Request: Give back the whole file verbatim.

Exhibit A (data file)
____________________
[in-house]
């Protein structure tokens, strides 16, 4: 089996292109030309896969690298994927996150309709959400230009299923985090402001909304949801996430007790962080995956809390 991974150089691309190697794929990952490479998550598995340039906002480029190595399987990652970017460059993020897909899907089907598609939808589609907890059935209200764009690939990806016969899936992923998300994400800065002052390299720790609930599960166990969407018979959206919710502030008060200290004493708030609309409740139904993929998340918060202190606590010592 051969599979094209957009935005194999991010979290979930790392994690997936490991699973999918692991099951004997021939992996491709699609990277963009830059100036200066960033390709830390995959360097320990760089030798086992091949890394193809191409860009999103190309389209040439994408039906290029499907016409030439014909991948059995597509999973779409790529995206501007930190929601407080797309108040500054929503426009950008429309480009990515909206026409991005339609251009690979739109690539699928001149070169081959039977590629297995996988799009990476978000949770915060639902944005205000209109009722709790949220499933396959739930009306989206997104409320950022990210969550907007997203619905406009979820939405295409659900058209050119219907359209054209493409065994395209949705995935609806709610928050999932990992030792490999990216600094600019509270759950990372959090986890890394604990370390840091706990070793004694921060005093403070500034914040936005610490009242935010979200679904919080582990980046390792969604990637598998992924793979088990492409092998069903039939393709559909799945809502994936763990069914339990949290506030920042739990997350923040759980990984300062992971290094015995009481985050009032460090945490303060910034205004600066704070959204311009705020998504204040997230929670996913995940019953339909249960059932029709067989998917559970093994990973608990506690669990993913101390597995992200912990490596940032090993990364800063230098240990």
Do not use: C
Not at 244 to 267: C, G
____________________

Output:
[in-house]
């Protein structure tokens, strides 16, 4: 089996292109030309896969690298994927996150309709959400230009299923985090402001909304949801996430007790962080995956809390 991974150089691309190697794929990952490479998550598995340039906002480029190595399987990652970017460059993020897909899907089907598609939808589609907890059935209200764009690939990806016969899936992923998300994400800065002052390299720790609930599960166990969407018979959206919710502030008060200290004493708030609309409740139904993929998340918060202190606590010592 051969599979094209957009935005194999991010979290979930790392994690997936490991699973999918692991099951004997021939992996491709699609990277963009830059100036200066960033390709830390995959360097320990760089030798086992091949890394193809191409860009999103190309389209040439994408039906290029499907016409030439014909991948059995597509999973779409790529995206501007930190929601407080797309108040500054929503426009950008429309480009990515909206026409991005339609251009690979739109690539699928001149070169081959039977590629297995996988799009990476978000949770915060639902944005205000209109009722709790949220499933396959739930009306989206997104409320950022990210969550907007997203619905406009979820939405295409659900058209050119219907359209054209493409065994395209949705995935609806709610928050999932990992030792490999990216600094600019509270759950990372959090986890890394604990370390840091706990070793004694921060005093403070500034914040936005610490009242935010979200679904919080582990980046390792969604990637598998992924793979088990492409092998069903039939393709559909799945809502994936763990069914339990949290506030920042739990997350923040759980990984300062992971290094015995009481985050009032460090945490303060910034205004600066704070959204311009705020998504204040997230929670996913995940019953339909249960059932029709067989998917559970093994990973608990506690669990993913101390597995992200912990490596940032090993990364800063230098240990």
Do not use: C
Not at 244 to 267: C, G